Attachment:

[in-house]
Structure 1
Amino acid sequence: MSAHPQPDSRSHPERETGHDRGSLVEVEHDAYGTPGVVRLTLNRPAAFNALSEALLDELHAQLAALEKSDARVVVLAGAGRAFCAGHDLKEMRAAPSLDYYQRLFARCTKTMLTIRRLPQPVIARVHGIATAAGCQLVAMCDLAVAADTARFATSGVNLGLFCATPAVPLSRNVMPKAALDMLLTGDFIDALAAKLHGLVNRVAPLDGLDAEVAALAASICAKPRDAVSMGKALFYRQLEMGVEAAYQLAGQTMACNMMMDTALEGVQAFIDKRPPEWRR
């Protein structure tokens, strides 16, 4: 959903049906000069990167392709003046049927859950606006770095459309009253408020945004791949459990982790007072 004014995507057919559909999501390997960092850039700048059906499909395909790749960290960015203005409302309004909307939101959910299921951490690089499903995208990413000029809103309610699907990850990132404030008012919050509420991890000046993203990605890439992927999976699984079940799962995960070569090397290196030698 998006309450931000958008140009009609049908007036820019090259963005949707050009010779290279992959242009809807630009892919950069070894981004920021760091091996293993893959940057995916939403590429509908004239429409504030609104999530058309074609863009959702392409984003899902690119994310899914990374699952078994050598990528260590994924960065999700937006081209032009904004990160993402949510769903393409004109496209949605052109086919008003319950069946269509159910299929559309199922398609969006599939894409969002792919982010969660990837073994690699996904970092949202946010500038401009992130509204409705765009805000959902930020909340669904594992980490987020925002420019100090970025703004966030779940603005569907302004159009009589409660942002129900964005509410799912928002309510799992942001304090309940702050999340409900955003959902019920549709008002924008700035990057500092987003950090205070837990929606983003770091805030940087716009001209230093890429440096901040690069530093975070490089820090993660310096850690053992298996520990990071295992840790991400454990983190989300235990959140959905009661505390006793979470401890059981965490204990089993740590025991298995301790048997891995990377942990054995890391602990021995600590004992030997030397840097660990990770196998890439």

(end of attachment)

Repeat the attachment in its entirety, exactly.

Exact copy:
[in-house]
Structure 1
Amino acid sequence: MSAHPQPDSRSHPERETGHDRGSLVEVEHDAYGTPGVVRLTLNRPAAFNALSEALLDELHAQLAALEKSDARVVVLAGAGRAFCAGHDLKEMRAAPSLDYYQRLFARCTKTMLTIRRLPQPVIARVHGIATAAGCQLVAMCDLAVAADTARFATSGVNLGLFCATPAVPLSRNVMPKAALDMLLTGDFIDALAAKLHGLVNRVAPLDGLDAEVAALAASICAKPRDAVSMGKALFYRQLEMGVEAAYQLAGQTMACNMMMDTALEGVQAFIDKRPPEWRR
């Protein structure tokens, strides 16, 4: 959903049906000069990167392709003046049927859950606006770095459309009253408020945004791949459990982790007072 004014995507057919559909999501390997960092850039700048059906499909395909790749960290960015203005409302309004909307939101959910299921951490690089499903995208990413000029809103309610699907990850990132404030008012919050509420991890000046993203990605890439992927999976699984079940799962995960070569090397290196030698 998006309450931000958008140009009609049908007036820019090259963005949707050009010779290279992959242009809807630009892919950069070894981004920021760091091996293993893959940057995916939403590429509908004239429409504030609104999530058309074609863009959702392409984003899902690119994310899914990374699952078994050598990528260590994924960065999700937006081209032009904004990160993402949510769903393409004109496209949605052109086919008003319950069946269509159910299929559309199922398609969006599939894409969002792919982010969660990837073994690699996904970092949202946010500038401009992130509204409705765009805000959902930020909340669904594992980490987020925002420019100090970025703004966030779940603005569907302004159009009589409660942002129900964005509410799912928002309510799992942001304090309940702050999340409900955003959902019920549709008002924008700035990057500092987003950090205070837990929606983003770091805030940087716009001209230093890429440096901040690069530093975070490089820090993660310096850690053992298996520990990071295992840790991400454990983190989300235990959140959905009661505390006793979470401890059981965490204990089993740590025991298995301790048997891995990377942990054995890391602990021995600590004992030997030397840097660990990770196998890439």